Tech 2005: What's New and What's Next

Tech Visionary: The Nearly Invisible Battery

Photograph by Robert Holmgren.
Photograph: Robert Holmgren
Larry DuBois, vice president of physical sciences at SRI International, a nonprofit organization that develops new technologies, says batteries made of paper and other fibers could help devices get more from less.

"You make miles of fiber [battery material], and when you mold the case [of your device], you embed that in the molding," Dubois explains. "You can make your device smaller or lighter, because you don't have to carry around the weight of the [battery casing]." There are also paper-thin, printable batteries that are being used for everything from Radio Frequency Identification (RFID) transmitters (which use tiny chips to track items at a distance) to greeting cards.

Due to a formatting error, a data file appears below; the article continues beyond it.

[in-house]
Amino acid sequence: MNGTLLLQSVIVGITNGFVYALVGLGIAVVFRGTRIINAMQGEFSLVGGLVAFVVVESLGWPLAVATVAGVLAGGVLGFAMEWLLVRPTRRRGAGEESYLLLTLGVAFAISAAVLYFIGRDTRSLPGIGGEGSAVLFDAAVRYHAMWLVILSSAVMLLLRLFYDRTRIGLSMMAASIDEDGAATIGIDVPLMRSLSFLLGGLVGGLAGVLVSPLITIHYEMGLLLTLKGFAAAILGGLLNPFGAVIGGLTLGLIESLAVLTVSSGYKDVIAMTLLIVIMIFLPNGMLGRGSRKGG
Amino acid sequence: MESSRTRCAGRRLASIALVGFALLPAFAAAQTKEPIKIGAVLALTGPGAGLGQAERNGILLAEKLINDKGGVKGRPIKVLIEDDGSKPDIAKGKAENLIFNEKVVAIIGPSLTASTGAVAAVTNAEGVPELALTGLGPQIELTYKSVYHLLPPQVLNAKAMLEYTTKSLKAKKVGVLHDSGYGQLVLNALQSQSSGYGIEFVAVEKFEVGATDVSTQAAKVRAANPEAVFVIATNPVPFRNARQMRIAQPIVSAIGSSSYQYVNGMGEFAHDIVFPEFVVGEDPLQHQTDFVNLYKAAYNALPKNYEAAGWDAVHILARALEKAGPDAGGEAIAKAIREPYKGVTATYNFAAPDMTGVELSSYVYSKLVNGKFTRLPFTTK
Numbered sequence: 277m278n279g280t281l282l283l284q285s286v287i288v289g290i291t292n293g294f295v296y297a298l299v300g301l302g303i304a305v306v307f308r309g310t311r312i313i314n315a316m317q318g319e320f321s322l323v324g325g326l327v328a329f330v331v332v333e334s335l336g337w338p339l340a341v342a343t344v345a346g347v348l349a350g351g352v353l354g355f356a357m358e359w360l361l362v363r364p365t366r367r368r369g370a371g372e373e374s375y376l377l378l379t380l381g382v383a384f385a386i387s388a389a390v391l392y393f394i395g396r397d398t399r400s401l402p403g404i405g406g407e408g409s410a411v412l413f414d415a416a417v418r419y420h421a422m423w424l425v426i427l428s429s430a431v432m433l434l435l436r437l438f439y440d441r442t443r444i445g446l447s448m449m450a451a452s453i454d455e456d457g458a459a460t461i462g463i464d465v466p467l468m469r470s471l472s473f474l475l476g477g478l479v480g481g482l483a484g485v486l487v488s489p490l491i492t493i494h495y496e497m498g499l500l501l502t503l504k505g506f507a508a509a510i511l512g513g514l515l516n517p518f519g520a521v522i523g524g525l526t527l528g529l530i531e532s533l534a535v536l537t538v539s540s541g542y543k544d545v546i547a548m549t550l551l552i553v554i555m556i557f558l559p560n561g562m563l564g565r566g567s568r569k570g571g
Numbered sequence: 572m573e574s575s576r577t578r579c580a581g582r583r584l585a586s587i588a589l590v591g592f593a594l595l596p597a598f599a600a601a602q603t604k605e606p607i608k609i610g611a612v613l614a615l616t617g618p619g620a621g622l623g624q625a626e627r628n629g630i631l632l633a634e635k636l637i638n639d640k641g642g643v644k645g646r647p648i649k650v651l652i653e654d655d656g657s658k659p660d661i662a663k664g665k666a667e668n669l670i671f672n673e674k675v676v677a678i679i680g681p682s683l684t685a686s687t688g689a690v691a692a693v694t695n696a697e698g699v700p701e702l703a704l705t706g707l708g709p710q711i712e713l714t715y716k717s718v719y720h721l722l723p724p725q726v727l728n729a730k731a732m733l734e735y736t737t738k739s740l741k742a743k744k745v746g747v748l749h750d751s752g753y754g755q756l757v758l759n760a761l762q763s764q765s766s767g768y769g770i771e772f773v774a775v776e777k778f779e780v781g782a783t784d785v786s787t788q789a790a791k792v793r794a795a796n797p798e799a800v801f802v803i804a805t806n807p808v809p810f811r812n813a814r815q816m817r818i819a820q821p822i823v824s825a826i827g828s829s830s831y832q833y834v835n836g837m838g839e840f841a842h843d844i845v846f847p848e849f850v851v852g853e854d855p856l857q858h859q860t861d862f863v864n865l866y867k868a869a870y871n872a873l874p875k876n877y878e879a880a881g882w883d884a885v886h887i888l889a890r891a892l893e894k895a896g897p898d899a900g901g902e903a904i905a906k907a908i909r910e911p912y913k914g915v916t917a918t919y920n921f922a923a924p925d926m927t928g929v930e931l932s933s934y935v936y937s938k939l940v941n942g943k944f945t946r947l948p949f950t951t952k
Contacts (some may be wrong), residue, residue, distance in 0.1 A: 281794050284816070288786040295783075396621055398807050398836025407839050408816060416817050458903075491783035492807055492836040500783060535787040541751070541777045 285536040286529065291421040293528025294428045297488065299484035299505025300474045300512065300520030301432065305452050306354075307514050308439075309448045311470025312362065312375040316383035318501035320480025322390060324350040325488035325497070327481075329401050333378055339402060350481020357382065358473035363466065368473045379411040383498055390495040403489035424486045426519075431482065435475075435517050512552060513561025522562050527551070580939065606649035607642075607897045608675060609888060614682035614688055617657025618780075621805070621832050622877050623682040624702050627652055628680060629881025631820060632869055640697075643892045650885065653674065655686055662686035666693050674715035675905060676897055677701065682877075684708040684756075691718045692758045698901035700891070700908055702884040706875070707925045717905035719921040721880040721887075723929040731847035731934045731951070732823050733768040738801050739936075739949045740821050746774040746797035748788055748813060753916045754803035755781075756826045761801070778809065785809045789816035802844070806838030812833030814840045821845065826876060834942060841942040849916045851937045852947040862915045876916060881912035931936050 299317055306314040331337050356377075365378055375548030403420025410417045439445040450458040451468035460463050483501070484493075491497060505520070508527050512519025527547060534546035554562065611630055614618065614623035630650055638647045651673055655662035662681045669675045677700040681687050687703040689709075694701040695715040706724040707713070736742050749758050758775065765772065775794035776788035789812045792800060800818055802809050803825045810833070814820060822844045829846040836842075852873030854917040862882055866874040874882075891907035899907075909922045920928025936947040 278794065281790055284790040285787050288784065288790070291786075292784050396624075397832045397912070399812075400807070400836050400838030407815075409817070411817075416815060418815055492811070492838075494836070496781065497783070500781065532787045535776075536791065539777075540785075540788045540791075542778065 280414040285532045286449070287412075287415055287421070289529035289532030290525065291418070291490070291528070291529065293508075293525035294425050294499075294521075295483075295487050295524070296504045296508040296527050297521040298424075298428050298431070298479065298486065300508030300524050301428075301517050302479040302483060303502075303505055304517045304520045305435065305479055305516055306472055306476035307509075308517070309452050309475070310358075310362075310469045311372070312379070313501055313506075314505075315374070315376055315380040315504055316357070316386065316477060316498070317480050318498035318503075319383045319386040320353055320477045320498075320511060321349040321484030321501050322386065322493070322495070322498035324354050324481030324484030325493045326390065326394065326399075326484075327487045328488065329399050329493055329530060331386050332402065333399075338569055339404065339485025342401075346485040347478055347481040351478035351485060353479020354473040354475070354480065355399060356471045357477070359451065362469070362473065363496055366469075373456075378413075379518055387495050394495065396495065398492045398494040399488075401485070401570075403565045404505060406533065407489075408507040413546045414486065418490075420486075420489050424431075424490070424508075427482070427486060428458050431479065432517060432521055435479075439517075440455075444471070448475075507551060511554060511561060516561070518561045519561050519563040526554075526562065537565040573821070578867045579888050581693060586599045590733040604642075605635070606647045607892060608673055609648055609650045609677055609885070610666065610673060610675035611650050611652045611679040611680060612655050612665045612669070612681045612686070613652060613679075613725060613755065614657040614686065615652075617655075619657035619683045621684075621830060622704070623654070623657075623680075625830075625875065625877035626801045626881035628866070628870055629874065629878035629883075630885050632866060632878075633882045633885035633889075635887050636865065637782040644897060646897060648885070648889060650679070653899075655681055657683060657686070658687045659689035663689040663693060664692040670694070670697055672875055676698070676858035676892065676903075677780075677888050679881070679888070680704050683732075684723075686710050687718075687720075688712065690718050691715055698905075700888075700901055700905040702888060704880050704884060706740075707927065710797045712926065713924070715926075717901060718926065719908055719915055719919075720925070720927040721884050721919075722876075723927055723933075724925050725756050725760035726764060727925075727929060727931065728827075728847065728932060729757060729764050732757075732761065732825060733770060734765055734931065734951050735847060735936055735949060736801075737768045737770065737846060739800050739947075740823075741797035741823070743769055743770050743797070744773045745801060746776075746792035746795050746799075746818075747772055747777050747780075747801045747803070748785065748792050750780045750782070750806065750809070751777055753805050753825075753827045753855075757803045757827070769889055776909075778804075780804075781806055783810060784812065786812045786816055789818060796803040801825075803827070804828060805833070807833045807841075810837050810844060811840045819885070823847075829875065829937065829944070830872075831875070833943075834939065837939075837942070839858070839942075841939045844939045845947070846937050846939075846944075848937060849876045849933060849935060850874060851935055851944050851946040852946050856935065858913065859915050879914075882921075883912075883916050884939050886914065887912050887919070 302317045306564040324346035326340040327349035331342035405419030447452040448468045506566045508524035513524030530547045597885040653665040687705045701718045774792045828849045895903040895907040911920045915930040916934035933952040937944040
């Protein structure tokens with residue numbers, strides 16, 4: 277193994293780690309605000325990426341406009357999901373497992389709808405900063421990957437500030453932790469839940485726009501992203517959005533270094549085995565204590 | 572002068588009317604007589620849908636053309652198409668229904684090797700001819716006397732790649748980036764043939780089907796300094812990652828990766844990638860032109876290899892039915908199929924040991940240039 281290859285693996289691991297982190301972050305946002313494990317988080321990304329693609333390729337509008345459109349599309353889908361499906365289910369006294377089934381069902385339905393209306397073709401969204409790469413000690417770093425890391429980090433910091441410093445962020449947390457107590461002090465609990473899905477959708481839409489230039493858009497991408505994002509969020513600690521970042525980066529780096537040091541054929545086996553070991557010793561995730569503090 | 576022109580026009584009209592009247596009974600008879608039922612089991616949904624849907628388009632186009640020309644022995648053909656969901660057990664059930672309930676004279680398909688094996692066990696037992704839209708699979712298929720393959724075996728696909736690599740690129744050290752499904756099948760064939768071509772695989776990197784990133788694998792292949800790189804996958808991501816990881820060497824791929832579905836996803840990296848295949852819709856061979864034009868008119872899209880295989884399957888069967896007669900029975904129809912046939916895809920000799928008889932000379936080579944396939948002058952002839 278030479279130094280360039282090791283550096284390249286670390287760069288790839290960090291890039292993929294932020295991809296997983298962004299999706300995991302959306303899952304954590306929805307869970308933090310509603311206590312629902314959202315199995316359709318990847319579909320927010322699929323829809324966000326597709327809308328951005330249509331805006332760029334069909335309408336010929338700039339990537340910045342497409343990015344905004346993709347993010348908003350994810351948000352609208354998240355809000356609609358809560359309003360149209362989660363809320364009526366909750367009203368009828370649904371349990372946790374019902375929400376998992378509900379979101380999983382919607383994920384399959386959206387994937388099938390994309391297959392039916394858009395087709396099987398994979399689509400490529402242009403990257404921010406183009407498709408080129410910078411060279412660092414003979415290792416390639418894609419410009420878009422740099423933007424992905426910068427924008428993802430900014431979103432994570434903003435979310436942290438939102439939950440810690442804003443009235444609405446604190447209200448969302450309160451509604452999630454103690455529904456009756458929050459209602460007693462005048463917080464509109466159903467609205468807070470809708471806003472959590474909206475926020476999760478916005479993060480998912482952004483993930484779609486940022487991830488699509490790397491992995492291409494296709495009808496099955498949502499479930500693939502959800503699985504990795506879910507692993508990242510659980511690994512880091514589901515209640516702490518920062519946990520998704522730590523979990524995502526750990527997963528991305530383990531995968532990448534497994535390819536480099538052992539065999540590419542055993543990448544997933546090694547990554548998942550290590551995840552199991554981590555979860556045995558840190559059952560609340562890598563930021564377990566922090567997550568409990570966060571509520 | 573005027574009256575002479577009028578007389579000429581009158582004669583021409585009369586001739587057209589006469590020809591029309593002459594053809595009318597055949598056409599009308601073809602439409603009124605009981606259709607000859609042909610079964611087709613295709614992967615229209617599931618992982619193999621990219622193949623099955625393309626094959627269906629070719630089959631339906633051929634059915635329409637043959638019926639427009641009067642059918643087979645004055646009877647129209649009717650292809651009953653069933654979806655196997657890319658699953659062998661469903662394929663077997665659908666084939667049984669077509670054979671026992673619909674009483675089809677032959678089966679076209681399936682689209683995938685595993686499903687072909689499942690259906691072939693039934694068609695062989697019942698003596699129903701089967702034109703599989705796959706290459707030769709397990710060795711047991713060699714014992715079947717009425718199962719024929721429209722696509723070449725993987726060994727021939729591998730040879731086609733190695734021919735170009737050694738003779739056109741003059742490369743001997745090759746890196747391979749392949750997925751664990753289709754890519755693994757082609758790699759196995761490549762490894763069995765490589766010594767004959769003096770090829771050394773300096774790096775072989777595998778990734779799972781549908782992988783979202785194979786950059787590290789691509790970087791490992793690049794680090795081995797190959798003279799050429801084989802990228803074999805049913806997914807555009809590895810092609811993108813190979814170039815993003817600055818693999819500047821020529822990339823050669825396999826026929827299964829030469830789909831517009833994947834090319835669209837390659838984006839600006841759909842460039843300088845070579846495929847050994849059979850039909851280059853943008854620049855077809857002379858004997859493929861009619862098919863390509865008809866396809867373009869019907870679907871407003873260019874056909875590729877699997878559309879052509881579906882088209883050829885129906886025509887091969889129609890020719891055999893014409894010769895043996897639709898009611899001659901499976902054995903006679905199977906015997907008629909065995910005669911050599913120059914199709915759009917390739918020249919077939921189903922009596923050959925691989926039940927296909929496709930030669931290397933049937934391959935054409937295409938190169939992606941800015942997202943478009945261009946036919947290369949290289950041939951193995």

Another promising technology is a fast-charging battery that can go from zero to fully charged in less than 10 minutes. "It's a question now of moving the technology out of the lab to the manufacturing arena," Dubois says. "It's probably a couple of years out."

What about the fuel cells that we've been hearing about for gadgets? "[They're] real. People use them. The question is, when does it get into consumers' hands? Until you can buy methanol cartridges all over the country and all over the world, people are going to be hard-pressed to put fuel cells in their systems."

Michael Desmond is a freelance writer living in Burlington, Vermont. He looks forward to the day when he can have all his gadgets installed subcutaneously in his index finger.

For comprehensive coverage of the Android ecosystem, visit Greenbot.com.

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